The Gifted Nurse: Optimism

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We’ve reached the fourth and final part of The Gifted Nurse series and today we’re talking all about optimism!

Humans are born either more positive or more negative – it’s genetic. You can be born more positive but when you enter into a negative work environment, you can easily adopt the negative attitudes and behaviors from other people because of something in our brains called mirror neurons.

Basically, mirror neurons mimic what we see and hear most often. They say you are the average of the 5 people you spend the most time with: average type of house you live in, average income level, lifestyle, and average waistline! Some of you may be thinking that you need to get new friends!!

Mirror neurons are the exact reason why being optimistic is a gift for those who possess it.  In their book, Connected, authors Nicholas Christakis and James Fowler demonstrate the power that social networks have to influence interpersonal behaviors and relationships.  Numerous studies show that you do not have complete control over your behaviors, thereby conforming to the most common behaviors within your social network. The bottom line is that if you want to be happier – surround yourself with happy people. If you want to have more money – spend more time with people who have money. If you want to be in a loving relationship – spend more time with loving couples.

If you want to be more optimistic as a nurse – spend more time with optimistic nurses!

[easy-tweet tweet=”If you want to be more optimistic as a #nurse – spend more time with #optimistic nurses!”]


Optimism isn’t someone who lives in a state of constant joy, who walks into work skipping and smiling, or who never seems to be upset about anything. That would be weird. Optimism is a BELIEF that good things are possible. It’s being hopeful about the future and confident that no matter what the current situation is, things will get better. There is so much gloom and doom out there. People who are optimistic don’t let the media or the break room chronic complainers suck them into the vortex of hopelessness. Instead, they rise above and remember that MOST people are good people; that there is more goodness in the world than badness; that nursing is a wonderful profession filled with numerous opportunities to make a difference in the lives of millions of people despite the challenges.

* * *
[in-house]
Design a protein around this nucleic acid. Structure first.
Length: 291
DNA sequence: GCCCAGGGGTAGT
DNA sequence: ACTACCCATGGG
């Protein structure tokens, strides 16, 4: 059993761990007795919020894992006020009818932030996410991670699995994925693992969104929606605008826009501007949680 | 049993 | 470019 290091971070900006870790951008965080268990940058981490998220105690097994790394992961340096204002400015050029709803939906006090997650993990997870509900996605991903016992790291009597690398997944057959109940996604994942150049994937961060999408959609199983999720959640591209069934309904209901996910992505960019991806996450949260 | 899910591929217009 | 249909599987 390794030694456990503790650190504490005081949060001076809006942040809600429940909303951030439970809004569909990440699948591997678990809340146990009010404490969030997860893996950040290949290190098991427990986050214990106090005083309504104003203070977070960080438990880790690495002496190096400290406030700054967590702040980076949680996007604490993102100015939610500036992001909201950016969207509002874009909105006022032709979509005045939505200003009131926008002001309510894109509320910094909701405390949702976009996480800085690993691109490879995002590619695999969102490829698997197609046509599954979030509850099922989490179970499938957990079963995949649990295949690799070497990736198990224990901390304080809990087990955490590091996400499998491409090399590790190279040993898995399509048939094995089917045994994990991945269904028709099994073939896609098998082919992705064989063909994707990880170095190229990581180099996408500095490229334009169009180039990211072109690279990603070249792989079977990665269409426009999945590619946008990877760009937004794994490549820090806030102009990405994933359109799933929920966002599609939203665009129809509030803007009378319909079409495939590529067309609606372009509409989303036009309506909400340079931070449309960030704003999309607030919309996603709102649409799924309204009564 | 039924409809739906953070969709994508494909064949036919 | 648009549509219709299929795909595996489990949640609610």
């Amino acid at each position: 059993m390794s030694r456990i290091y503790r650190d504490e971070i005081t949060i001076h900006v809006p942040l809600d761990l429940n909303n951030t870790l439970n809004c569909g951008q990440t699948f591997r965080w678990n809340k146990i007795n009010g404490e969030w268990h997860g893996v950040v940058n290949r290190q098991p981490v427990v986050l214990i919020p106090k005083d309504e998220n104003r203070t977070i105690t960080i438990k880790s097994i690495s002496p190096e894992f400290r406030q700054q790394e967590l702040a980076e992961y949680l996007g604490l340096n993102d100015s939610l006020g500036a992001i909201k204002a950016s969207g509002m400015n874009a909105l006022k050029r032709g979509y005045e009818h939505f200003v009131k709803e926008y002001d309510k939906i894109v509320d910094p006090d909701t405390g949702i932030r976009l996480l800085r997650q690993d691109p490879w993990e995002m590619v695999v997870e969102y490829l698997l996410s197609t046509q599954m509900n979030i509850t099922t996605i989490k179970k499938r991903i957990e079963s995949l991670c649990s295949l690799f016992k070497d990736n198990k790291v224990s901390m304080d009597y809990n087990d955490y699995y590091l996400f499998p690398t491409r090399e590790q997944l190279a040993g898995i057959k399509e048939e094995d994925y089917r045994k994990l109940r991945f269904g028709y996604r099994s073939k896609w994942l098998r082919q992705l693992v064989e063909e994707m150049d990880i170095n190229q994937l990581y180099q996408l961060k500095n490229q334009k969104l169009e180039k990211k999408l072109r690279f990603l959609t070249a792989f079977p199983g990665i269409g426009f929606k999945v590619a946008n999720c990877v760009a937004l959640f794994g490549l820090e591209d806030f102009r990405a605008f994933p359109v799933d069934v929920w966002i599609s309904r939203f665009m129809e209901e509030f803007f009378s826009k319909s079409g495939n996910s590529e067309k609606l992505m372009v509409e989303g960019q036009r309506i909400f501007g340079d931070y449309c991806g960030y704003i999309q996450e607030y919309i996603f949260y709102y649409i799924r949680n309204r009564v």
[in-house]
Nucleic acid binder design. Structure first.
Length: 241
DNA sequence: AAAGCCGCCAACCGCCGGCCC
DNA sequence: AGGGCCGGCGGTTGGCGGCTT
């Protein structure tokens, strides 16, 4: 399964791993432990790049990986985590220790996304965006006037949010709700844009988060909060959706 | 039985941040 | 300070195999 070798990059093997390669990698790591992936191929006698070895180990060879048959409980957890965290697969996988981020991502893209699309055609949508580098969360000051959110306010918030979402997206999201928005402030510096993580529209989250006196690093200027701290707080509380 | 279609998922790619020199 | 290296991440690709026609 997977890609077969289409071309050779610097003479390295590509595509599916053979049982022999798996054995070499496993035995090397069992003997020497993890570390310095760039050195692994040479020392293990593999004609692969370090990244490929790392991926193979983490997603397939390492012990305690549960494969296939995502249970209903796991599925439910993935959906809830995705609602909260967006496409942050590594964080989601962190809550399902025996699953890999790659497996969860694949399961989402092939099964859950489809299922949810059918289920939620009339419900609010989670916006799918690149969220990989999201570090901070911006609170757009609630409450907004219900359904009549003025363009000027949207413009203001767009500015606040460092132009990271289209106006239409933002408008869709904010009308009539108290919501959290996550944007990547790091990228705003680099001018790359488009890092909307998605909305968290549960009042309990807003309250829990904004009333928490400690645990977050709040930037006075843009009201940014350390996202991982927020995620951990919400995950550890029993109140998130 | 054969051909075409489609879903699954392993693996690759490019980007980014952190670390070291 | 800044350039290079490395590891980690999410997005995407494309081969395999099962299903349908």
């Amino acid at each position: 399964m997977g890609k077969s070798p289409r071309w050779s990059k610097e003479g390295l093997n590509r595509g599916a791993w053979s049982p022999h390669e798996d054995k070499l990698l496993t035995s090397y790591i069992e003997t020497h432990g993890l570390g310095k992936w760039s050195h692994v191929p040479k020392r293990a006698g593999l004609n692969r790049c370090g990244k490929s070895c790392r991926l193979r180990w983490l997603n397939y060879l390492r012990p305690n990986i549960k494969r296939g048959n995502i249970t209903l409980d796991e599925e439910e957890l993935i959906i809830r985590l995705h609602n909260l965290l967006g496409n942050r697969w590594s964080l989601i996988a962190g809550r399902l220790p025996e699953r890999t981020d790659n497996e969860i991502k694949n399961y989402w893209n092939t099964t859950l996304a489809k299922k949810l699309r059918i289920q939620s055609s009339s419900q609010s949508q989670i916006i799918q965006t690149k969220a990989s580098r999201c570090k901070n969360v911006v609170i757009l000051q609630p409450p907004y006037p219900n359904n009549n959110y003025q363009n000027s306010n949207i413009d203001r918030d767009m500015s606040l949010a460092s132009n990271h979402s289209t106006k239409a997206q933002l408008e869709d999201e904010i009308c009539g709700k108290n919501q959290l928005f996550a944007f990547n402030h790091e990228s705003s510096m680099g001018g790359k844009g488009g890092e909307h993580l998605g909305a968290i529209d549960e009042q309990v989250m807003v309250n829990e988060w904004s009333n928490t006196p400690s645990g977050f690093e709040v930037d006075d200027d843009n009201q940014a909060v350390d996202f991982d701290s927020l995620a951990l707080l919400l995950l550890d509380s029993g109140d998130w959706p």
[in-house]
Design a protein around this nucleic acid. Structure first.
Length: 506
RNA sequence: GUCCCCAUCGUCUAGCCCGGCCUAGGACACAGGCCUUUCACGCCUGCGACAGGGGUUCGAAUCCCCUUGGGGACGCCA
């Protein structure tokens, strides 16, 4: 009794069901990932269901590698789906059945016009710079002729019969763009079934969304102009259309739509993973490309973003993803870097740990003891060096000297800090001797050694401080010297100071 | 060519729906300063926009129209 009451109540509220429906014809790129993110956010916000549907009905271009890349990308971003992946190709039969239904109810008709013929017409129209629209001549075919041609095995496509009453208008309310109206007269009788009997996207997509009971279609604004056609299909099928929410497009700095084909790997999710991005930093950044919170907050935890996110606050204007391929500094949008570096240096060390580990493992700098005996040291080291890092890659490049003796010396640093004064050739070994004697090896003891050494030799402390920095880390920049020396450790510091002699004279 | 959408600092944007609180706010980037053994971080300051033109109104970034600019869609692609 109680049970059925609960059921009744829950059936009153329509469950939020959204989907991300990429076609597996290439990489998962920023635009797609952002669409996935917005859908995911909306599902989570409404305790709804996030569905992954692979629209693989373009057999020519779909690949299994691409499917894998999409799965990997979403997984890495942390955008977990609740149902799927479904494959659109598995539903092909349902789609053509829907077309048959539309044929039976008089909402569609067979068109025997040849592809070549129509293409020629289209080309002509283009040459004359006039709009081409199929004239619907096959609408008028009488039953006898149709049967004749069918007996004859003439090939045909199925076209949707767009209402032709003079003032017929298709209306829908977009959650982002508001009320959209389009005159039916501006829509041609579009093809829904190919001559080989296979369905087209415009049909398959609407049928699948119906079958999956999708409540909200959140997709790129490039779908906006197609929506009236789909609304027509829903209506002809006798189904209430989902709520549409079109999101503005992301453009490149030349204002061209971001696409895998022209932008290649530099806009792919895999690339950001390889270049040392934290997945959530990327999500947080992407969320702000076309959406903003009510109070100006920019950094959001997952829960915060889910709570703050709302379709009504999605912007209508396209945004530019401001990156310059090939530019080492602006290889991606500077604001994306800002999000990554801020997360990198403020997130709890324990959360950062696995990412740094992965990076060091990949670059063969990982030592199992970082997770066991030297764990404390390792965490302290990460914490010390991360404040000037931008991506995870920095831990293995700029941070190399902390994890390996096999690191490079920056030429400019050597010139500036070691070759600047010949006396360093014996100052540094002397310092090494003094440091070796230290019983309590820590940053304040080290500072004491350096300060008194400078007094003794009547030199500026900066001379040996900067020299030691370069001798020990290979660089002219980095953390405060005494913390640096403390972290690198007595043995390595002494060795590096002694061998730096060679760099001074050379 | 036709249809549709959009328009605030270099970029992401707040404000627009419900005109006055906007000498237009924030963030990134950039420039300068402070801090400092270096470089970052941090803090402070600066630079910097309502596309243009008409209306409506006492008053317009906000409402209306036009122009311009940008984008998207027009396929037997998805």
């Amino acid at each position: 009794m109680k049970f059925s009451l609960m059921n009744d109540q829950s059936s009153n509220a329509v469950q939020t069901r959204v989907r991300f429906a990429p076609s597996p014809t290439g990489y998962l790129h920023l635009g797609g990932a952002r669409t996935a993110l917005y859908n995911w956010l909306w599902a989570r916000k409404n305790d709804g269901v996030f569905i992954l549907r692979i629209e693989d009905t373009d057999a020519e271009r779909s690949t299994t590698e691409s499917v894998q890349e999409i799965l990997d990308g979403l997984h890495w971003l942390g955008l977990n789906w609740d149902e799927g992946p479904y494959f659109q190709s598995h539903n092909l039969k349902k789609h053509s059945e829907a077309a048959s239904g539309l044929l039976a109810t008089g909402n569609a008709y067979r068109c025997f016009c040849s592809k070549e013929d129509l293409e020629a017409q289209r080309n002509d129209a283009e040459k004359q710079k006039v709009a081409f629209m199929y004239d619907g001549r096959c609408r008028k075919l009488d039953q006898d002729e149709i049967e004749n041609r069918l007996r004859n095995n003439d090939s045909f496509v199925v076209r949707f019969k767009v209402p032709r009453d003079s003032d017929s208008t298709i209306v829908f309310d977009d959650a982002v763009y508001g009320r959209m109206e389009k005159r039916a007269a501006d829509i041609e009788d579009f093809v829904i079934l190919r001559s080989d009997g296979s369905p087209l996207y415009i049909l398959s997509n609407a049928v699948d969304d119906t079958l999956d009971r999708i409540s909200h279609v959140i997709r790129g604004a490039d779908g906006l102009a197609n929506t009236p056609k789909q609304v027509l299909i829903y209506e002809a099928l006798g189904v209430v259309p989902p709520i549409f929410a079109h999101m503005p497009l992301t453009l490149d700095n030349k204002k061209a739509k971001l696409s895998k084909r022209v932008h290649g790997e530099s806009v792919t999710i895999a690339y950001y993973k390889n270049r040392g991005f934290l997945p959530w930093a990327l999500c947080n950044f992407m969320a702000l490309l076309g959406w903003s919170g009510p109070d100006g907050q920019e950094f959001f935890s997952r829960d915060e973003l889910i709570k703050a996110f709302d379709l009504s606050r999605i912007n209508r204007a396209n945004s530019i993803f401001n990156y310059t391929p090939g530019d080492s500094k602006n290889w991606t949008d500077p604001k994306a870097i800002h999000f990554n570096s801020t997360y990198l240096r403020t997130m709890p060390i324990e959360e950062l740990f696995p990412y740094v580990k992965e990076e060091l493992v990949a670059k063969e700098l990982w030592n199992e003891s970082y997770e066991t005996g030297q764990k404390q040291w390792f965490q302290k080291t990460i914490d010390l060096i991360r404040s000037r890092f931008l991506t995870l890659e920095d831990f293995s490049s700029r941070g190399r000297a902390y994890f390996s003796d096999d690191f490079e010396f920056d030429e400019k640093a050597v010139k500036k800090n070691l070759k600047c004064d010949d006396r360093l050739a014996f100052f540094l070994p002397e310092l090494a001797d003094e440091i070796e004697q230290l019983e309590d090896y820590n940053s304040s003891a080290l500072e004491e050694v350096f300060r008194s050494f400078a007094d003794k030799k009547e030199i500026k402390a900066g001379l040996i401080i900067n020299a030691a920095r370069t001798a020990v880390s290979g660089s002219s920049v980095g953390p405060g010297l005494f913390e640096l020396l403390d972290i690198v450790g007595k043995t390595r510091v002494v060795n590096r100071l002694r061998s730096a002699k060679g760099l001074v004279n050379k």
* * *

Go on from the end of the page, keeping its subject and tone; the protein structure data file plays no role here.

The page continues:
Martin Seligman is known as the father of positive psychology. As the former president of the American Psychological Association, he spent the majority of his life studying human strengths and potential. As it turns out, what can unlock human potential is positivity.

Positive emotions, such as enthusiasm, excitement, and joy are more contagious than negative ones.  Positive emotions compound quickly and positive leaders were perceived as more effective and more likely to persuade their followers to do what they want them to do.  Positivity and optimism go hand in hand.

[easy-tweet tweet=”Positive emotions, such as #enthusiasm, #excitement, and #joy are more contagious than negative ones.”]

People who are optimistic and positive build strong relationships with others, are trusted, and typically perform better than their counterparts; pessimistic, negative people.

How optimism shows up in the nursing profession:

  • New nurses entering into the profession with bright eyes and eager minds
  • Experienced nurses who master the art of the electronic medical record even though they don’t own a computer!
  • Nurses who sit for a certification exam or who go back to school to get an advanced degree even though they are nervous
  • A nurse who has the worst shift of his career, goes home, sleeps, and then gets back up the next day to do it all over again

Optimism is the hope that we CAN and we WILL make this world a better place.


1. Create opportunities for laughter

There are 4 primary neurochemicals in the brain: endorphins, dopamine, serotonin, and oxytocin. They all contribute to our positive feelings of happiness, pride, joy, well being, achievement and fulfillment. Dopamine, in particular, gets released when we laugh! The benefits of laughter include improved immune function, stress relief, increased tolerance for pain, improved cardiovascular health, reduced anxiety, and improved mood.

Not only is laughter good for individuals but it also improves the workplace. According to Daniel Goldman, workplace jokes and laughter improve communication and trust. You and I both know you can get a lot more done with people you feel comfortable communicating with and whom you trust.

[easy-tweet tweet=”Make your co-workers #laugh today! Jokes and laughter improve #communication and #trust!”]

2. Get social

The more friends you have, the better you feel! Did you know that people who have less than 5 friends are more likely to die before those who have more than 5? A study of 20,000 people found that people who felt disconnected from others were more likely to get sick, miss work or even suffer a heart attack!!! The less socialization you have, the shorter the life expectancy.  Social relationships provide the best guarantee of heightened well-being and lowered stress. It’s like the antidote for depression and prescription for high performance and optimism.